James Anderson

Expedited Settlement Offers – The Good, The Bad & The Ugly

You may have seen one before. A seemingly innocuous letter creeps its way into your office, usually via your fax machine. A short letter, commonly from Multiplan or Genex or Prime, that offers you an expedited payment if you accept the fee listed and agree that it is your payment in full. No billing the patient. No further negotiations. Before you accept or dismiss it so quickly you should read the fine print.
            First we should review what these offers actually are. Insurance companies hire repricers to negotiate for them when out-of-network providers submit claims. Instead of losing money by paying the out of network provider’s UCR or applying the full amount to the deductible which could cost the carrier more later on they rely on repricers to tempt providers into accepting lower reimbursement.
            Before accepting or rejecting an offer of expedited payment there are several things that should be evaluated:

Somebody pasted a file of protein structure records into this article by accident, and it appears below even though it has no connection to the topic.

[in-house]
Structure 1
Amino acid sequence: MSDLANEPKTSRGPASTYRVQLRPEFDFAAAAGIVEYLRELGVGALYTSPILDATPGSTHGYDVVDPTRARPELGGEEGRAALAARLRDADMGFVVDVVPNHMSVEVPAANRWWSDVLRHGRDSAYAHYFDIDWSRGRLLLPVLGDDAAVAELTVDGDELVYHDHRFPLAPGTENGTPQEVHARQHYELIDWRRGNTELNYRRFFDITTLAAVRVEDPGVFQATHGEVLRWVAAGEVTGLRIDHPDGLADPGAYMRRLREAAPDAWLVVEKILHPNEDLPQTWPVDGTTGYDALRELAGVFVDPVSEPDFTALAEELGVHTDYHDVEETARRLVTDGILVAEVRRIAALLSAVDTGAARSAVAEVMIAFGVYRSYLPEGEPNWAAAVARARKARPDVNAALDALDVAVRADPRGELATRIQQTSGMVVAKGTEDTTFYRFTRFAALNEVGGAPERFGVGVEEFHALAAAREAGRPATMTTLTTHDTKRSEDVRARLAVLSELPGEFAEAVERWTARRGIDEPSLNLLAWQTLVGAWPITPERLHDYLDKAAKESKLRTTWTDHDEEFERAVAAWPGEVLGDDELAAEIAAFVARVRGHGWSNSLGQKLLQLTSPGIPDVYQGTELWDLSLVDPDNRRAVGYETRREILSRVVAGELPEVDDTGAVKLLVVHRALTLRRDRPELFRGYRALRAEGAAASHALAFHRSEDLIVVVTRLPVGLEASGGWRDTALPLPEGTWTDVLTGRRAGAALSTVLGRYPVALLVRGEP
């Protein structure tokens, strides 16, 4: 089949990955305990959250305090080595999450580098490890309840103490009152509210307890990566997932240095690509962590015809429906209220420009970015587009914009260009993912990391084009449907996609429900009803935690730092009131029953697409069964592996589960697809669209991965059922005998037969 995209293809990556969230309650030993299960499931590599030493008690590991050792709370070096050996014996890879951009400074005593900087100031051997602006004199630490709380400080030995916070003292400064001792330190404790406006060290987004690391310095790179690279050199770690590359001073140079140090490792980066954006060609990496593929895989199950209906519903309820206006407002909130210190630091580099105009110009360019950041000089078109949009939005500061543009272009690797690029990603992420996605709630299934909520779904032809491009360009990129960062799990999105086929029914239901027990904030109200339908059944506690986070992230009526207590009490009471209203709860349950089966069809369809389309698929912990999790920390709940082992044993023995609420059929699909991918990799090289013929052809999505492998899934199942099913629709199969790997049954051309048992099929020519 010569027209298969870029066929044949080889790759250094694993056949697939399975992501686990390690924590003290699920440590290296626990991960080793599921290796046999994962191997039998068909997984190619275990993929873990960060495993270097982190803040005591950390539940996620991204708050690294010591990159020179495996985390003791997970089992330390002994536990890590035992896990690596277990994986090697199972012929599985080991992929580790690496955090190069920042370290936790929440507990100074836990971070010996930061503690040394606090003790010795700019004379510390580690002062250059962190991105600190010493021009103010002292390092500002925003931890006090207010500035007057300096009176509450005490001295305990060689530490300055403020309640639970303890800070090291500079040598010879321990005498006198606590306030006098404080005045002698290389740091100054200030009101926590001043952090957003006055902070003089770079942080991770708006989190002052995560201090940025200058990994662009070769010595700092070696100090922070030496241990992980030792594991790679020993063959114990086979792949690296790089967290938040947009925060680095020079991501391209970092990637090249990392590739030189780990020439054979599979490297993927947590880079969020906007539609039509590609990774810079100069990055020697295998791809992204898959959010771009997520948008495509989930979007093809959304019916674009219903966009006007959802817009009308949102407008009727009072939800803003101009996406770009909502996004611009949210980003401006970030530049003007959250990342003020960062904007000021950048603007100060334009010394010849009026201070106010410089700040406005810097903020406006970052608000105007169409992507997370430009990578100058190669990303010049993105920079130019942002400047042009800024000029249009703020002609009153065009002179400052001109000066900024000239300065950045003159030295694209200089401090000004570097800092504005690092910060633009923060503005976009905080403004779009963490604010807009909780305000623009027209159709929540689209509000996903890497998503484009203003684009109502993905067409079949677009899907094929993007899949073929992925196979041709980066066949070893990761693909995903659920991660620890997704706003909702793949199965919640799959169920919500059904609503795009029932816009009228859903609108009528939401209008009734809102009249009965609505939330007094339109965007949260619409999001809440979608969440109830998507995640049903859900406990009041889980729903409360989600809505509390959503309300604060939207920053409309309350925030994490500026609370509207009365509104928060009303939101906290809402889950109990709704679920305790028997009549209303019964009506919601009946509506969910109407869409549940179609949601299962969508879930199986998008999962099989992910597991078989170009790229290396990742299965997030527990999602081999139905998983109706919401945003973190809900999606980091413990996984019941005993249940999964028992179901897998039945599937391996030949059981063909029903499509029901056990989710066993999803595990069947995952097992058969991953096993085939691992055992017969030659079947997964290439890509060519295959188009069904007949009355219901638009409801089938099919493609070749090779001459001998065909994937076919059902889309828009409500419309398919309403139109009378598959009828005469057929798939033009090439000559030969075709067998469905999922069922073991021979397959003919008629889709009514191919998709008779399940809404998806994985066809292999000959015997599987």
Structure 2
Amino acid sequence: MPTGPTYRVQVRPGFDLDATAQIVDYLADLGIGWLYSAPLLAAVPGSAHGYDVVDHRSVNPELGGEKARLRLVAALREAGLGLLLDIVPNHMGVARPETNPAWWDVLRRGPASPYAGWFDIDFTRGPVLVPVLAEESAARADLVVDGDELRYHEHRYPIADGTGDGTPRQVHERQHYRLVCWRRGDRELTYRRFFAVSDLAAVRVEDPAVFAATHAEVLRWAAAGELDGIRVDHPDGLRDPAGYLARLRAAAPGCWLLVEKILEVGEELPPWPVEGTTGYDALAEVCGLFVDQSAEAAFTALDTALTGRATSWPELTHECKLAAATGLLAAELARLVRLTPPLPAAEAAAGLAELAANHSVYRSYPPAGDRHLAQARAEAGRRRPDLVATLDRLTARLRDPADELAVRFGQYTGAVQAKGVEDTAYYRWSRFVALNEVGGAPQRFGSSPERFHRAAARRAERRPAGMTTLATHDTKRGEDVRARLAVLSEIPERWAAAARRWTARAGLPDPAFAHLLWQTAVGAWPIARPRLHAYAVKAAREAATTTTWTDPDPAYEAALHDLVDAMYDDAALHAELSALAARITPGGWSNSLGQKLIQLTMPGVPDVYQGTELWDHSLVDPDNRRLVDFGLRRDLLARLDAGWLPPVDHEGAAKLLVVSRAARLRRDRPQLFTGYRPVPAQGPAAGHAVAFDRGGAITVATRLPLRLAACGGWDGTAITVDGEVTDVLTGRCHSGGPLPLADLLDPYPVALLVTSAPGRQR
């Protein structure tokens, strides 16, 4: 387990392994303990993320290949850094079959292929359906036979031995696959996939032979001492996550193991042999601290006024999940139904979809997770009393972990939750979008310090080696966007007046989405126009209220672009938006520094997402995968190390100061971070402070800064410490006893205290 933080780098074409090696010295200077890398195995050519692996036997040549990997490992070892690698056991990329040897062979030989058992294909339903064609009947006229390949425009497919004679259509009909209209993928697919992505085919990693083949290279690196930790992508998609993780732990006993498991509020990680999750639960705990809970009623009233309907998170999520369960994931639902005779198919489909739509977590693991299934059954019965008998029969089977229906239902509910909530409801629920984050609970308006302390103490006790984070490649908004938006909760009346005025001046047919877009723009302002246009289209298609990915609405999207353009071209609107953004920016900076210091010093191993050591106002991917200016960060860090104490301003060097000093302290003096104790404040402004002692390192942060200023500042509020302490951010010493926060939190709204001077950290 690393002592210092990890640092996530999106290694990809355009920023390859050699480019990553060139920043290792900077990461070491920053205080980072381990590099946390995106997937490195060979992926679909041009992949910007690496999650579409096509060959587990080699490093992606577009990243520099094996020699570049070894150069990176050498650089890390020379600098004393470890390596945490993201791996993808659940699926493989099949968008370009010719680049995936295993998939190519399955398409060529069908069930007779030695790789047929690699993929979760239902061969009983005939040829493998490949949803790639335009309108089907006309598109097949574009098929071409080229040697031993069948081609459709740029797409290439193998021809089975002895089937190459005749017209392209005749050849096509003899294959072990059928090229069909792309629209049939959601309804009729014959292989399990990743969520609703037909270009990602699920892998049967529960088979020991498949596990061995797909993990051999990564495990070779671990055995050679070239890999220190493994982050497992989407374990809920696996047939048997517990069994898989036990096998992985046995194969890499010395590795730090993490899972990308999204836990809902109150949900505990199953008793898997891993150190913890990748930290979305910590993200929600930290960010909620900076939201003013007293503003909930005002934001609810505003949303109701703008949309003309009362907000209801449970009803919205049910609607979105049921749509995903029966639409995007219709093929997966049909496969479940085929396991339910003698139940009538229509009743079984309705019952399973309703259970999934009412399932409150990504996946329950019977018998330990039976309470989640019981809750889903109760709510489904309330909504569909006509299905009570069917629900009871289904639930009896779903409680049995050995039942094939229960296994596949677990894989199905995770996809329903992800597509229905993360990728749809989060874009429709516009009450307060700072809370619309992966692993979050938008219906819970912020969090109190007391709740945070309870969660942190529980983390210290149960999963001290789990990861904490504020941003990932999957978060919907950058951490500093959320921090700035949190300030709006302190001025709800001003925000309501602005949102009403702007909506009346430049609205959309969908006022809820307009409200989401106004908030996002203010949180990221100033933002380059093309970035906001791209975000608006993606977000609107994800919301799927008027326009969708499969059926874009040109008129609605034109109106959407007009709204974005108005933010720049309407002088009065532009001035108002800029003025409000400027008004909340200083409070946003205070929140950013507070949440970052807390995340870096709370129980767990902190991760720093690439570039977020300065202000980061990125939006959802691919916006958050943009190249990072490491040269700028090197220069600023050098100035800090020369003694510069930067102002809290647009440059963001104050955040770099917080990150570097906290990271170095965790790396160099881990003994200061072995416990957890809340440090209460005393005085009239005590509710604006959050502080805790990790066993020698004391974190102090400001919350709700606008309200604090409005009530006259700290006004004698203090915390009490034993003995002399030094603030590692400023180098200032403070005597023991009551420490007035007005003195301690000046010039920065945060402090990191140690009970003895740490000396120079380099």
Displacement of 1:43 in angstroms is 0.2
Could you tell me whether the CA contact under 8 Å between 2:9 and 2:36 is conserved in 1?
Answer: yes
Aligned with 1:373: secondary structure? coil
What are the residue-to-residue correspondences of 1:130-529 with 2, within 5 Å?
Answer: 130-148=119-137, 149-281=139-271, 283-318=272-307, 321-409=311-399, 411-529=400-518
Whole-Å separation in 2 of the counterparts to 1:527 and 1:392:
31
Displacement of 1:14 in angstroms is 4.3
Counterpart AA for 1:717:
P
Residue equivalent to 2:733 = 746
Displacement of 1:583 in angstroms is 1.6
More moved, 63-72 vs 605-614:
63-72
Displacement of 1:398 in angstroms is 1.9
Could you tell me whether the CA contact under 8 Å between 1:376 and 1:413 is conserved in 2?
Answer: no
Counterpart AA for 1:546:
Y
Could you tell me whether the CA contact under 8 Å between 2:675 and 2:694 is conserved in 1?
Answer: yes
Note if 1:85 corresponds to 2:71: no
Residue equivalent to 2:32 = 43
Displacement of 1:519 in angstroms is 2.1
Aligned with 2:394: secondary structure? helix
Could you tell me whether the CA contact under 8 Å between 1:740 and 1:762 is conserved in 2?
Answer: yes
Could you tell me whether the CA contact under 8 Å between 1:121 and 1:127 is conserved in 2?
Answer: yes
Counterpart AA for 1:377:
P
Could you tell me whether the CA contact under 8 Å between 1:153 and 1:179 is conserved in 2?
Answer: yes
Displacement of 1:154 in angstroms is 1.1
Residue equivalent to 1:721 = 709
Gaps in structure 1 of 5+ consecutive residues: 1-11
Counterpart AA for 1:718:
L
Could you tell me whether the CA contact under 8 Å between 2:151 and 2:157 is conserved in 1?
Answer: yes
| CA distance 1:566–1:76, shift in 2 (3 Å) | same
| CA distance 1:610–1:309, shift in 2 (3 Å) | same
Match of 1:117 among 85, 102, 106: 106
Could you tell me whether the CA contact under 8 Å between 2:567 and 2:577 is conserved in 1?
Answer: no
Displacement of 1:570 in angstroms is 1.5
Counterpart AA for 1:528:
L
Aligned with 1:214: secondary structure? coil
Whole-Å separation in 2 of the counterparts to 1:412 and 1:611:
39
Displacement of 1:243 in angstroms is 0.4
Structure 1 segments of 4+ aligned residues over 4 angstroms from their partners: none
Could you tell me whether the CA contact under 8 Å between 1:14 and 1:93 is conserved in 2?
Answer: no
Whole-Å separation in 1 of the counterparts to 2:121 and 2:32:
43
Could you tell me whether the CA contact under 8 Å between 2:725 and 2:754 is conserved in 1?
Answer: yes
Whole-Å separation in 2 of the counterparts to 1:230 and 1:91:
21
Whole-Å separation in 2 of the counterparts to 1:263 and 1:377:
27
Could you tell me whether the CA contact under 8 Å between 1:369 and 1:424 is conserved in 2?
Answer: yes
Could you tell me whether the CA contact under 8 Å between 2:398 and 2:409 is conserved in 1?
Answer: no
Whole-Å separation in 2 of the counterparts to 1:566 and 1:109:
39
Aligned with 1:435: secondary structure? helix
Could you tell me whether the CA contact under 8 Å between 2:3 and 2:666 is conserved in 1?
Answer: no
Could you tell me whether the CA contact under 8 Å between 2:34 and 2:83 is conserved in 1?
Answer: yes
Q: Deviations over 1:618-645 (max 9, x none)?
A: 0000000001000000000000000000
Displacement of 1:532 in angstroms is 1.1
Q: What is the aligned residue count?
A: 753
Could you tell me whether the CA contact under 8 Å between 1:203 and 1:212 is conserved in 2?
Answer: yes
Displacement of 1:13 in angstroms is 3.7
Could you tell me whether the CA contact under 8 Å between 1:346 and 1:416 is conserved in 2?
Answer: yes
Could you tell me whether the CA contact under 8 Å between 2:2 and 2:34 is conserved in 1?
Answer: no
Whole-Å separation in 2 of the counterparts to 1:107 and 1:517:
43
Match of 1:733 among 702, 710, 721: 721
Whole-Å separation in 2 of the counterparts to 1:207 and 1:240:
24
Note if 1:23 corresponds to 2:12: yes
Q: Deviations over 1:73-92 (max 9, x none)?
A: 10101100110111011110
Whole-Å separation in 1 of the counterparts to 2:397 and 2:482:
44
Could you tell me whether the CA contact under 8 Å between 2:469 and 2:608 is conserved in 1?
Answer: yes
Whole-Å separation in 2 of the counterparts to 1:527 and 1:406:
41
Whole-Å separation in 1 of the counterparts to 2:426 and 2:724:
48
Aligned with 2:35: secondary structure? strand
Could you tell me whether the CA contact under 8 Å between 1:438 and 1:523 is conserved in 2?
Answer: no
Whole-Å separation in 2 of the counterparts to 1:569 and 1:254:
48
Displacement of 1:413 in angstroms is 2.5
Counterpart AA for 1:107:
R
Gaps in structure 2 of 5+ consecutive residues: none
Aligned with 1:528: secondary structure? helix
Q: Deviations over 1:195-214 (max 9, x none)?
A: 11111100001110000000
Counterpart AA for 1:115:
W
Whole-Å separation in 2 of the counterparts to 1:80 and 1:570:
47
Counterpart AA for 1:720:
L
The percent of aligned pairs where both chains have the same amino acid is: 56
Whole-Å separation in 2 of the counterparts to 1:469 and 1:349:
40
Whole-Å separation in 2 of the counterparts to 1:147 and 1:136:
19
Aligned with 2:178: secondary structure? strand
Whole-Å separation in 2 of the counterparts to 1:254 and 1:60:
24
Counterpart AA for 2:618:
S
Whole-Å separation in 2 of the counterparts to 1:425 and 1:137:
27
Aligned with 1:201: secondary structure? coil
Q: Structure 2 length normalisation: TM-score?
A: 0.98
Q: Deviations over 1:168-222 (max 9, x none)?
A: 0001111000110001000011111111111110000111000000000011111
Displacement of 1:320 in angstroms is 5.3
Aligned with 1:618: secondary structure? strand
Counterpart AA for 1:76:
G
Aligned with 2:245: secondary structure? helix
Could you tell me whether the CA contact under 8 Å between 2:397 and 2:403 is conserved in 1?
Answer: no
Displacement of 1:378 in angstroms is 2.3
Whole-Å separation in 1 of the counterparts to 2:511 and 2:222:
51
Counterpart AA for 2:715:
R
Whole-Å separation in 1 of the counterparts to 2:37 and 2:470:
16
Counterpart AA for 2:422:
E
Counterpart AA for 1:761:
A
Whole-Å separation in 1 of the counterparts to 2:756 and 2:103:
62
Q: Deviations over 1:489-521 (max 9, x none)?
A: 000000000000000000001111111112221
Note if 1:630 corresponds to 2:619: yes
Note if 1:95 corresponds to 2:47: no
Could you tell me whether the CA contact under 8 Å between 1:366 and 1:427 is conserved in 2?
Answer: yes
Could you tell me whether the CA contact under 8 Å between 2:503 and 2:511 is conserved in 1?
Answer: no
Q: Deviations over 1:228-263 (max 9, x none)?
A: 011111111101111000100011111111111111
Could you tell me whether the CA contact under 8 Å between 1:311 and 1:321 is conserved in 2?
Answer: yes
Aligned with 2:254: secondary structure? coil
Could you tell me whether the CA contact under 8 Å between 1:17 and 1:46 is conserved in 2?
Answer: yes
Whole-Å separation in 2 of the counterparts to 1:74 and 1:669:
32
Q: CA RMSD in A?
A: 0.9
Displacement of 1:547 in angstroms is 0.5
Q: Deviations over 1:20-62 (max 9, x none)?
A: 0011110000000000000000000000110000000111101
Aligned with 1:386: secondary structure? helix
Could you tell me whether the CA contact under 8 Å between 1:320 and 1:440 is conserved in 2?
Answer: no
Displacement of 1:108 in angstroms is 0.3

1.       The Fee. When you compare your reimbursement to what your UCR billed fee was is it way off-base? Is there more than a 10% disparity between the two? If so then it may not be in your best interest to accept a much lower offer since you will lose your right to bill the patient the difference.
  2.       Remaining Deductible & Out of Pocket. How much does the patient have remaining? Is the majority of what you are going to collect from the insurance carrier? If this is the case it is another argument against reducing their responsibility. If the patient will bear the brunt of the fee some doctors may consider negotiating out of consideration to their patient.
  3.       Claim Handling. Is your claim a complex one that is likely to take longer than the normal processing time? While repricers offer a promise of payment within 10 days many providers forget that processing times for claims are supposed to be 30 to 45 days maximum.

Using this evaluation formula can lead you to objectively view a repricing offer and make a decision that is good for you, your practice and your patient.
 

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